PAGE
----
Next day, off to see the famous Guggenheim Museum of contemporary art in Bilbao

Wrapped with a skin of titanium and stainless steel, 
the structure glistening in the morning sunlight.

Amparo looks cool next to the outdoor sculpture...

...that reflects the surrounding neighborhood.

A jazz musician floats a melody that he hopes will garner a few coins for his efforts.

Returning to San Sebastian, we drive along the northern Spanish coast.

Wash day in a small Spanish village.

Overlooking La Concha (Seashell Bay) San Sebastian, Spain

As the sun sets on our final day on the northern coast of Spain.

Tomorrow we drive to the Spanish capital, Madrid.

On the road again....


Monday, October 9, 2017

Snippets from Barcelona

Saturday, October 7, 2017

We arrive more than a little apprehensive about the political situation in the Catalan area of Spain which includes Barcelona. History is being made here right now as the local Catalan government is holding a vote to secede from Spain. The Spanish government in Madrid has declared the vote illegal and therefore void.  Luckily we did not encounter any of the street demonstrations that have been going on for weeks.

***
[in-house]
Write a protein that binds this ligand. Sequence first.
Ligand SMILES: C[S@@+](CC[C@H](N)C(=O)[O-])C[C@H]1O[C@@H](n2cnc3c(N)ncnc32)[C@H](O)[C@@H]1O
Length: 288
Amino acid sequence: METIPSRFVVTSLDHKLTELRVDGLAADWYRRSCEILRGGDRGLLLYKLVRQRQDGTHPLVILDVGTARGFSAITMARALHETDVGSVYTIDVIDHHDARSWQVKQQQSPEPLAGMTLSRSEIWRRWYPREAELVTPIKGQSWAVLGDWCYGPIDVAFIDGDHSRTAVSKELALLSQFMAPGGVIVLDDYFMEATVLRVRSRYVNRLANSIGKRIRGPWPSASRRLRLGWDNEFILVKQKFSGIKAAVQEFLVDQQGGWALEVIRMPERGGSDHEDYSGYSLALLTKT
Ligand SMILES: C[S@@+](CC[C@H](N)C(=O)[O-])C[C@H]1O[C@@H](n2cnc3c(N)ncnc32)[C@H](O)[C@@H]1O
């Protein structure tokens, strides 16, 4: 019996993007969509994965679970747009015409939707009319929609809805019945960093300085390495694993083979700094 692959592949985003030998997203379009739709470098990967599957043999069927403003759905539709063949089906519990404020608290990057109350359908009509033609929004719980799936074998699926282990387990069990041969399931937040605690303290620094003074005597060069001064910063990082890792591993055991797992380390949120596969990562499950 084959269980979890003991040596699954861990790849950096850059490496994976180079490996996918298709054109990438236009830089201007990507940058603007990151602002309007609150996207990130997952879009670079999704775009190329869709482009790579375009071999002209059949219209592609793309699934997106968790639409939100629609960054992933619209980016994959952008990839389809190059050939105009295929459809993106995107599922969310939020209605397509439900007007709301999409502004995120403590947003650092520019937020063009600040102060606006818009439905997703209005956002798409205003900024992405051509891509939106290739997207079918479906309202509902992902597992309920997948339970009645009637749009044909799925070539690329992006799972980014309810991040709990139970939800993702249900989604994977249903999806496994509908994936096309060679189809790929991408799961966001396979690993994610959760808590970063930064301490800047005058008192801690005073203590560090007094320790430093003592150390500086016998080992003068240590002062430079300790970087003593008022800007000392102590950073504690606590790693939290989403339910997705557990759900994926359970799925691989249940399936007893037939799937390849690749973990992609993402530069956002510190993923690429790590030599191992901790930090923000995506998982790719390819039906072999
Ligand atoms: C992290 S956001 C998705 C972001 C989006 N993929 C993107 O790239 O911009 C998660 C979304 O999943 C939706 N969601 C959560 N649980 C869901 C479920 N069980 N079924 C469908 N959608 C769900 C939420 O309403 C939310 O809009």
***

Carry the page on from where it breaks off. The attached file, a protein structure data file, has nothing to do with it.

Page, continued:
Barcelona is the second largest city in Spain with over 1.6 million inhabitants and another three million in the surrounding area. Is also the wealthiest city/area of Spain, yet it is a mixture of the new and the old...

The corn stalk broom and a modern vacuum truck work together to keep the streets clean. 
Barcelona is a very clean city.

 Most tourists with guidebook in hand, immediately flock to the listed tourist sites hoping to catch a quick photo and buy a souvenir. Those sites are always crowded, with over-priced food and drink, and hundred of small shops selling authentic Spanish souvenirs made in China.